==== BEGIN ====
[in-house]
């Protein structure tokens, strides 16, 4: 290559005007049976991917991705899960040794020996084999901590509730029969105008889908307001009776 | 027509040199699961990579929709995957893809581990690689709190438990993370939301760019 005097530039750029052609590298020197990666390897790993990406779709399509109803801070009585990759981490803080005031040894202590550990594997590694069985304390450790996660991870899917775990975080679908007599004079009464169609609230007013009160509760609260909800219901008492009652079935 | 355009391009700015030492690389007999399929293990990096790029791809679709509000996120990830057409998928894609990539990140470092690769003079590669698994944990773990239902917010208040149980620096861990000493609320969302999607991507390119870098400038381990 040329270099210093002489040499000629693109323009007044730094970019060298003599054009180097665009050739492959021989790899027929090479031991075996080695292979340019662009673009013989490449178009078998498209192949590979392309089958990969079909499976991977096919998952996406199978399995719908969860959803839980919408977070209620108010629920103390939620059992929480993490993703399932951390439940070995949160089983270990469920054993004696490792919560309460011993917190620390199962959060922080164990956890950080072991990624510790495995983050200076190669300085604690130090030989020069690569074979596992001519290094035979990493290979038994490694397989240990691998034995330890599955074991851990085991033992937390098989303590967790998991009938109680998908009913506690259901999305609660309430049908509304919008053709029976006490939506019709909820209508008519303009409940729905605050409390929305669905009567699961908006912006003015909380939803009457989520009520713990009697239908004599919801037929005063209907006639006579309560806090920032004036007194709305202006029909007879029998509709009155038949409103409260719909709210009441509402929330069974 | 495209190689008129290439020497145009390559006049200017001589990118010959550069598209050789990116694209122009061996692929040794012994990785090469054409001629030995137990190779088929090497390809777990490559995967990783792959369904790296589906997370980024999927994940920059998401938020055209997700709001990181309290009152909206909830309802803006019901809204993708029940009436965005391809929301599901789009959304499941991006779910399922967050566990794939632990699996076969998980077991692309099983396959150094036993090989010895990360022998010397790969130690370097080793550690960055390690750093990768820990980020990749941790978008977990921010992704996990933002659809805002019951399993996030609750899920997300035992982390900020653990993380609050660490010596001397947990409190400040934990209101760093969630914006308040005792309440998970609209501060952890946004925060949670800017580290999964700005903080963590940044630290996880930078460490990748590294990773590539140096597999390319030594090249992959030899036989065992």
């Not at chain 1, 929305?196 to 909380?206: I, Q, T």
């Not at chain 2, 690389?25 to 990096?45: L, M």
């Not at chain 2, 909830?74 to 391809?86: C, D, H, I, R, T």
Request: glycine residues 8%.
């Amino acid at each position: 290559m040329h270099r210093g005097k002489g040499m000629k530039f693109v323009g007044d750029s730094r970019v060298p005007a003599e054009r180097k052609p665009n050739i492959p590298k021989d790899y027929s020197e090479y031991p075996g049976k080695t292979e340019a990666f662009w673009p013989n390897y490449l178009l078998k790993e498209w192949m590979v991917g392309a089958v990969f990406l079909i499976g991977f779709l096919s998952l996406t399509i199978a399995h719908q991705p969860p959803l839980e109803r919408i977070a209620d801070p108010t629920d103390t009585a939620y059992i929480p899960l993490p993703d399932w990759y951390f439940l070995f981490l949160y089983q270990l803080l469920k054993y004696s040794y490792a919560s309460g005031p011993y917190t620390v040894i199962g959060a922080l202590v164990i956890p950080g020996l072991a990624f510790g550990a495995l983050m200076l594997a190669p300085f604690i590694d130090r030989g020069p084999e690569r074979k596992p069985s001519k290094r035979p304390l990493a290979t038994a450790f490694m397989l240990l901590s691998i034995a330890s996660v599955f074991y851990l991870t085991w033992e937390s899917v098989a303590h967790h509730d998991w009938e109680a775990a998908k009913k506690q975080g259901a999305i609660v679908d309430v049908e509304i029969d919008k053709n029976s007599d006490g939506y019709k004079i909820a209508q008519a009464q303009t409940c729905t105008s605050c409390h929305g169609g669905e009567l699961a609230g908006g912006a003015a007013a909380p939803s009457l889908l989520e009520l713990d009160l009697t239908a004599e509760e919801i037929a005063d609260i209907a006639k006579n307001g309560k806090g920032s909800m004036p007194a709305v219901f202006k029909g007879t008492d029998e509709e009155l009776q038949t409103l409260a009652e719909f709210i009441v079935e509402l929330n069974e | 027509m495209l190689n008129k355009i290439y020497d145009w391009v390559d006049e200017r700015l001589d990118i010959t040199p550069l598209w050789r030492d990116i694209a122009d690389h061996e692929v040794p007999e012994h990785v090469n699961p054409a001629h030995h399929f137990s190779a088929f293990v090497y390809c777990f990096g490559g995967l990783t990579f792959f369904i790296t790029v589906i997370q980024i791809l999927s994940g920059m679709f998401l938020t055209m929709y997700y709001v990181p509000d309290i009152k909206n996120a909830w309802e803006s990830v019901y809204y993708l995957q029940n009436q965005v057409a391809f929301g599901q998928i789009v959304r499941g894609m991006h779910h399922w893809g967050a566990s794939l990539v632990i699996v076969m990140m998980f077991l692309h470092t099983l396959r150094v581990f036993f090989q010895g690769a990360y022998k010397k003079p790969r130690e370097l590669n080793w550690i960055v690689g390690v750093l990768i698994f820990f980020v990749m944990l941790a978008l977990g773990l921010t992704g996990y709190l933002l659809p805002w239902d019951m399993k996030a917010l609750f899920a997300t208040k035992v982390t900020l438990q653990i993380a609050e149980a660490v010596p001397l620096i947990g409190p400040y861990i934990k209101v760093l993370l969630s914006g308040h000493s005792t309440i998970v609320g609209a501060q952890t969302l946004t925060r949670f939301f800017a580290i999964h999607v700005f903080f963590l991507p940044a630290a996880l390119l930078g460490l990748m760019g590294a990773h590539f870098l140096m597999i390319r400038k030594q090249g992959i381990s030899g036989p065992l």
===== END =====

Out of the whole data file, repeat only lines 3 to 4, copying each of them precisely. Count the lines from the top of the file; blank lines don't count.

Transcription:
């Not at chain 1, 929305?196 to 909380?206: I, Q, T």
């Not at chain 2, 690389?25 to 990096?45: L, M």